“Some people are so vulgar, but I was not raised that way. A peasant’s daughter may, if she has been raised by people with real moral sensitivity, be the sort of person who could be respected as someone’s future wife or present sister or daughter, for example, even if her family lives in a hovel and lacks even livestock for property. Similarly, the daughter of a noble family may be so wild and without restraint that she is not seen as wifely material no matter how much wealth her family possesses, because she lacks the right sort of moral excellence. Whatever the circumstances of your birth, you clearly have moral sense and Lord and Lady Lipton deserve credit for having encouraged whatever native characte3r you were born with.”

“I do feel myself as owing them a great deal, in that they have always treated me as their own child, never made me feel inferior to their children by birth, and never tolerated anyone socially cutting me by giving credence to the view that I was somehow less than other young women in my position as wards of a noble house. They always treated me as a young lady, worthy of honor, and taught me how to conduct myself accordingly, and set a good example of honorable treatment in their own behavior.”

“Yes, Lord Lipton reminds me a bit of my own father.”

“I hope that is something to be celebrated.”

“It is a very positive statement. My father is a great and noble man; I only wish that he could live out his old age surrounded by his family in peace and prosperity, but it does not appear that he will be that blessed.”

“Why not?”

“My brother early joined the counter-revolutionary forces in Vienna alongside the Emperor when things started going downhill in France, but the rest of my family stayed behind and hoped that things would improve. Word came to us suddenly through discreet sources that my father and I were wanted for arrest for our lack of enthusiasm for the revolution, and so we quickly fled to the coast with what we could bring with us while my mother and sister kept things going at home. We have, of course, been unable to return home or even to send much in the way of messages back and forth, so it seems unlikely that we will be able to enjoy a reunion anytime soon.”

“That is a great shame. I would hate to be so entirely cut off from the rest of my family.”

“I can understand that. Where would you consider yourself to be cut off, though, from them?”

“Behind enemy lines, certainly, but so long as there was a way between where I lived and here that could be traversed I would not feel myself to be so forsaken.”

“What areas of this land do you know?”

“I have spent most of my time over the past ten years or so here in Yorkshire, though I spent the entirety of my first few years in life in London, and since living with Lord and Lady Lipton I have traveled between here and our townhome in London. I have not had the opportunity to travel wider than that, at least not yet.”

“Do you think you would like to?”

“I think it would be great fun. I know Lord Lipton has talked about his own travels as a younger person and even now I think it would appeal to him to take a trip to see the mills that my father and him have been setting up in the West Indies in preparation for emancipation. Perhaps he will be made governor of some island and can take up an estate there to be served by freedmen and freedwomen while pursuing such interests more closely.”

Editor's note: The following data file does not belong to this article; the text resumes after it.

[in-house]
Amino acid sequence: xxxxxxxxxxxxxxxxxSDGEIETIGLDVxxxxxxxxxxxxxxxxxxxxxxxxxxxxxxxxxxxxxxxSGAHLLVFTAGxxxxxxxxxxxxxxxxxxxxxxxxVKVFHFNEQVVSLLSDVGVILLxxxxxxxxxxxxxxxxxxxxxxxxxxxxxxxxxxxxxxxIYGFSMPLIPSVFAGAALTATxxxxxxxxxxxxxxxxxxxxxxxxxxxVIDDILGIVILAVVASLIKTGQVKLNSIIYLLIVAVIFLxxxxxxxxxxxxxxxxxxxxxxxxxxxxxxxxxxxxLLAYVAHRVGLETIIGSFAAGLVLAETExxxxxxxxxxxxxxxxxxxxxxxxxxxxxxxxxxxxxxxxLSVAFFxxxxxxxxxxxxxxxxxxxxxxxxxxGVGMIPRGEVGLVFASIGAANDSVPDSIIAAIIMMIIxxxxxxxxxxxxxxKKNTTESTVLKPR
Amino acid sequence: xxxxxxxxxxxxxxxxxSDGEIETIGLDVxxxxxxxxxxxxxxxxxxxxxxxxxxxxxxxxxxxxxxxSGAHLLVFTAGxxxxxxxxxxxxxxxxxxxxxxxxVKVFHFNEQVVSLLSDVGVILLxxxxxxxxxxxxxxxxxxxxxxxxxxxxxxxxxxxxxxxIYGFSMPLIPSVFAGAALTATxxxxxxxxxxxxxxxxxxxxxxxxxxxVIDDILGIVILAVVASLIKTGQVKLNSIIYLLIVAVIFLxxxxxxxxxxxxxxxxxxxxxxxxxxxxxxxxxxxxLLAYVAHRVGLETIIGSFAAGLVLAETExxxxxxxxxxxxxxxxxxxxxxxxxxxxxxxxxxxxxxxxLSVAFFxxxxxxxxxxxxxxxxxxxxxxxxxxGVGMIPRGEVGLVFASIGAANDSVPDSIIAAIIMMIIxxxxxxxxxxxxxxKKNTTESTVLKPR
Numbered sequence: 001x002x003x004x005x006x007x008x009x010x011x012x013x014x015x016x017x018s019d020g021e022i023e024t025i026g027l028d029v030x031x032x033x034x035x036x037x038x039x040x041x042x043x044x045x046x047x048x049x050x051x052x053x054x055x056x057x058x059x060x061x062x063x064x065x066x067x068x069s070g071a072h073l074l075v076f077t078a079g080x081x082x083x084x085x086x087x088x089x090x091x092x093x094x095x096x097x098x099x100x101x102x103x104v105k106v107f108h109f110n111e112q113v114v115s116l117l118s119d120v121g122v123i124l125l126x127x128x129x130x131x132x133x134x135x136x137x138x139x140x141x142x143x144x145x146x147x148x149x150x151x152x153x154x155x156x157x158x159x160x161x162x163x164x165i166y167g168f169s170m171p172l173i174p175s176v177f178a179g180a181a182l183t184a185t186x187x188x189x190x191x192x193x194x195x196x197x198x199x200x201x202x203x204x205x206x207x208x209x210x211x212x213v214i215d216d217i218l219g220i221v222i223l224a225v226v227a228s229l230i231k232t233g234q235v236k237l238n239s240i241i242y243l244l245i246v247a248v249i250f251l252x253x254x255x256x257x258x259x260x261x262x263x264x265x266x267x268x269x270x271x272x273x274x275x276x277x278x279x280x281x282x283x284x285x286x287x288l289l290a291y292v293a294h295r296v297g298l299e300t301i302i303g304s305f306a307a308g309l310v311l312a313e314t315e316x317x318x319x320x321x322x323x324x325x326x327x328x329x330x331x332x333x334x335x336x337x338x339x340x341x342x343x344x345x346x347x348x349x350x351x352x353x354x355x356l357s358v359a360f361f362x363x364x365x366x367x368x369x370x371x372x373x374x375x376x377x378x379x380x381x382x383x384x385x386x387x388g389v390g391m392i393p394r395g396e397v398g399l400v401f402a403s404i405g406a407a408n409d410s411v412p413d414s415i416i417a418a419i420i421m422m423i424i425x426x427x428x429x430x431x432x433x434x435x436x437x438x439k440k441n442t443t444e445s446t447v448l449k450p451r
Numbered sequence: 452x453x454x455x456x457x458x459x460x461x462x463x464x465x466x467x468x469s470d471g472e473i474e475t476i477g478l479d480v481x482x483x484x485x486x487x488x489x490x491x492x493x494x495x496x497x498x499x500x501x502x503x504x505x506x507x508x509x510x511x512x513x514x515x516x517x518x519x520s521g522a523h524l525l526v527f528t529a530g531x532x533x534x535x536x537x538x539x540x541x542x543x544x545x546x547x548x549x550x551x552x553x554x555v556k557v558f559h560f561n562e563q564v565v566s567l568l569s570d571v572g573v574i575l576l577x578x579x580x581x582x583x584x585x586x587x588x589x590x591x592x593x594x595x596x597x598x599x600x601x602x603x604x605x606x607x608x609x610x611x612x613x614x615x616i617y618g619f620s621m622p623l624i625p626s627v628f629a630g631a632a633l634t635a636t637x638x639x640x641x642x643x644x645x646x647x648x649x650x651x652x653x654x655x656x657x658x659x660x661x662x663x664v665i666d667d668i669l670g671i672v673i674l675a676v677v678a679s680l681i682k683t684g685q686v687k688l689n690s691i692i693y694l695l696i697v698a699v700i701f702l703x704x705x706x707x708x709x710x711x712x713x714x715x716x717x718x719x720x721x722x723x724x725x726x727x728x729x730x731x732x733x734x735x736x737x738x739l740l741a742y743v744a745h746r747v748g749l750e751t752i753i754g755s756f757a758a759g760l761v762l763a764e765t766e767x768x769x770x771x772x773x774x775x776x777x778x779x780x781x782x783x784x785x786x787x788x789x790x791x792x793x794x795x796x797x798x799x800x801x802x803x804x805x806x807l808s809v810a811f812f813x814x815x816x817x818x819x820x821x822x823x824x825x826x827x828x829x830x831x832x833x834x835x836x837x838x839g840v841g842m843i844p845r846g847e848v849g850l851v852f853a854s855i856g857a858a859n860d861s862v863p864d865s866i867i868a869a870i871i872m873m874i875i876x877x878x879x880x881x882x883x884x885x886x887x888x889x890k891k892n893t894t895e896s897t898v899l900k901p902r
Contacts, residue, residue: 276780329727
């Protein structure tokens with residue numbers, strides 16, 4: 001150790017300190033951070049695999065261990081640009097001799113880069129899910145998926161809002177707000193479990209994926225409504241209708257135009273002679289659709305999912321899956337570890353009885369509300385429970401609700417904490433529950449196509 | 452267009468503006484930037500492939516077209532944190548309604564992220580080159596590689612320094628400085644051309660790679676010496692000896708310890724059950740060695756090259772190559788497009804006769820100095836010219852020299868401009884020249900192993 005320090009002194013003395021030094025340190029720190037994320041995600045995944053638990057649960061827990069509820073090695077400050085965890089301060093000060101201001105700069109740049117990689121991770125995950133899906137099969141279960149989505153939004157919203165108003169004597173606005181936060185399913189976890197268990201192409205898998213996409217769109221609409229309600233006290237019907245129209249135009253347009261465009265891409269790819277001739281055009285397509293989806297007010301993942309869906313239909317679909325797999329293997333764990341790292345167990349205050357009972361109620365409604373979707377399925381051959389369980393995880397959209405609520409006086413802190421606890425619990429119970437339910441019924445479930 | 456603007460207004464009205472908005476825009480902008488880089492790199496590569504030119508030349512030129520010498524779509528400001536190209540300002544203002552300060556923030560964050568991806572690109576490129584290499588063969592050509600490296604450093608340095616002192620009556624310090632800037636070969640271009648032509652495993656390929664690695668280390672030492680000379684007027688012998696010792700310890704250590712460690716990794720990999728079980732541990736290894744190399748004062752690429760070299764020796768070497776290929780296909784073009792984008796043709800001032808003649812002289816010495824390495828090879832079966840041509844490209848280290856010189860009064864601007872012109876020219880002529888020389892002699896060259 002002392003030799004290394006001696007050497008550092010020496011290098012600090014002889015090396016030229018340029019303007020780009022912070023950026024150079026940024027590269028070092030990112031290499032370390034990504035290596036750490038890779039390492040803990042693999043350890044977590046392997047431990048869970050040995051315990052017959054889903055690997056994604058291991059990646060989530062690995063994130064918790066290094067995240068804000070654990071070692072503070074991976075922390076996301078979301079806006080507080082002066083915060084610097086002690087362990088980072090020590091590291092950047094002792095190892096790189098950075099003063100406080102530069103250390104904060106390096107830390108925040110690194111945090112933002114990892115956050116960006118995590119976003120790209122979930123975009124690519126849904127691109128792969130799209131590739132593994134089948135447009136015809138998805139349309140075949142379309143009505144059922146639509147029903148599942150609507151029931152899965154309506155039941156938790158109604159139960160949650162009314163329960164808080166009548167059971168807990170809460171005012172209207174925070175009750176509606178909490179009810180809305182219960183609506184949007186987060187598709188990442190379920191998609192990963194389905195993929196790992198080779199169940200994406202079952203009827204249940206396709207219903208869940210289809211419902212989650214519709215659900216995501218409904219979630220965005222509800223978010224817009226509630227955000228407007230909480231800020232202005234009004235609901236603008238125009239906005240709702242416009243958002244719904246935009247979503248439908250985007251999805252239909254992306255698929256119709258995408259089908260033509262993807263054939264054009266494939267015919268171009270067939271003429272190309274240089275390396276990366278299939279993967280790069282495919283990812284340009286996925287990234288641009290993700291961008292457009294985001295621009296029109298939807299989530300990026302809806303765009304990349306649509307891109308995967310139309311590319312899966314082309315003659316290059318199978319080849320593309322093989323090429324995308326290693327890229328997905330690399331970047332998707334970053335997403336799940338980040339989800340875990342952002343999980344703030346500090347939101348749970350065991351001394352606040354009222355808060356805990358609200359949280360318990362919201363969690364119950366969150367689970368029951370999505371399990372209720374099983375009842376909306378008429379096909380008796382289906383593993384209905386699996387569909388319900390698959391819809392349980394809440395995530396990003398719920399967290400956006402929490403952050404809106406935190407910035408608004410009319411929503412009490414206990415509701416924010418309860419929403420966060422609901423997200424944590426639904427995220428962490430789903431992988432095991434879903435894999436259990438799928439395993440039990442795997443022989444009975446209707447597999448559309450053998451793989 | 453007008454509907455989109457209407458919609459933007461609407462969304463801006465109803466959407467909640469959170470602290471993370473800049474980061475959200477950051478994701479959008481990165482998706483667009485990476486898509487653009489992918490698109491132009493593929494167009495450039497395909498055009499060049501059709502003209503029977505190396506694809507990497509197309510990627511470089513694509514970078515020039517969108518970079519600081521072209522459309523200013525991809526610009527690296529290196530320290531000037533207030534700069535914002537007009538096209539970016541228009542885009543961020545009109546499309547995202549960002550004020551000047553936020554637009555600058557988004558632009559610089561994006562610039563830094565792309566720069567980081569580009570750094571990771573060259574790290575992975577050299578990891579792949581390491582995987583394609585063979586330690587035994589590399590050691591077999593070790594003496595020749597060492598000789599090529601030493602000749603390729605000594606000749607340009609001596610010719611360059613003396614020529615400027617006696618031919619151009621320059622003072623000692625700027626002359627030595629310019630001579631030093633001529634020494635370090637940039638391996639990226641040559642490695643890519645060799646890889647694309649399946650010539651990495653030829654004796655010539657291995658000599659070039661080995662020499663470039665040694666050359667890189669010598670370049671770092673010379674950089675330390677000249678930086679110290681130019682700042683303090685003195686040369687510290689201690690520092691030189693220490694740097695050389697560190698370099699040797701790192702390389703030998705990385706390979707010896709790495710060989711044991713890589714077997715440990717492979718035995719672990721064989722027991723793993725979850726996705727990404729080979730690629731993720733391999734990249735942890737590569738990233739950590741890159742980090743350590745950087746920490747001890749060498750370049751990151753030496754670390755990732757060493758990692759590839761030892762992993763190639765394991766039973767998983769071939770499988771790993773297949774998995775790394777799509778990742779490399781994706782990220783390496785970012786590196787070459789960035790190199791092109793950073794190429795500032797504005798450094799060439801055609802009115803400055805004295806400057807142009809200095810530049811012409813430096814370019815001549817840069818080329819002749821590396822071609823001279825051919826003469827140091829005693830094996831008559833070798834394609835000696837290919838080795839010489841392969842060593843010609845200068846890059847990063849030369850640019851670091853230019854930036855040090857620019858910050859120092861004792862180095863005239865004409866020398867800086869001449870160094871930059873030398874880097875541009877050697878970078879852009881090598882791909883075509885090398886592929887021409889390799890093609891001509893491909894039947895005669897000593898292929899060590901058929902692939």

“Is that kind of position available to people like your foster father?”

“Very much so. He is known to be gouty so his health is not the best, but yes, he certainly has the rank and the personal experience to serve in such an office, and to do credit to it.”

“As a soldier, we can be posted to all kinds of postings. Do you think you would appreciate living where my regiment was stationed if we wed?”

“I do not know if that would be appreciated, but if it would be dignified and proper, I am sure it would be great fun.”

“I am sure such a thing could be arranged, at least at some point. I am only a lowly lieutenant now, but such a position may improve and I know of captains and majors, to say nothing of colonels or higher, who live well and have households of their own.”

“Perhaps we may be permitted to dream of such splendor, then.”

“Indeed, you may dream away about such things. I know I shall.”

“I hope when you are faced with life in some barracks that you can dream of returning by a ship to spend time with me.”

“I shall think of such things often, I think.”

“Do you know where you will go after you report to your regiment in Newcastle?”

“Not at all. I am sure we will have some action, seeing as England and France are at war, but where that action is, I do not know in the least.”

“Will you tell me, insofar as it is not some sort of government secret?”

“I will do so, though I have heard that the letters of those returning home are often censored for the interests of safety and security.”

“I suppose I shall have to put up with it if such letters are censored, though I am relieved that you will tell me all that you can.”

“Do I have permission, then, to write you?”

“I hope you shall. If you feel constrained to write only to Lord Lipton as a potential patron in your military efforts, feel free to write him, as he will tell me that which is of interest to me.”

“I am glad you trust him in such matters.”

“I believe he knows my feelings, and that your being here and able to enjoy some private time with me, with only one solitary witness, is a sign of his trust of both you and me.”

“I do not wish to betray such trust and confidence, my dear Clarissa.”

“Nor I, my dear Roland. Nor I.”

About nathanalbright

I'm a person with diverse interests who loves to read. If you want to know something about me, just ask.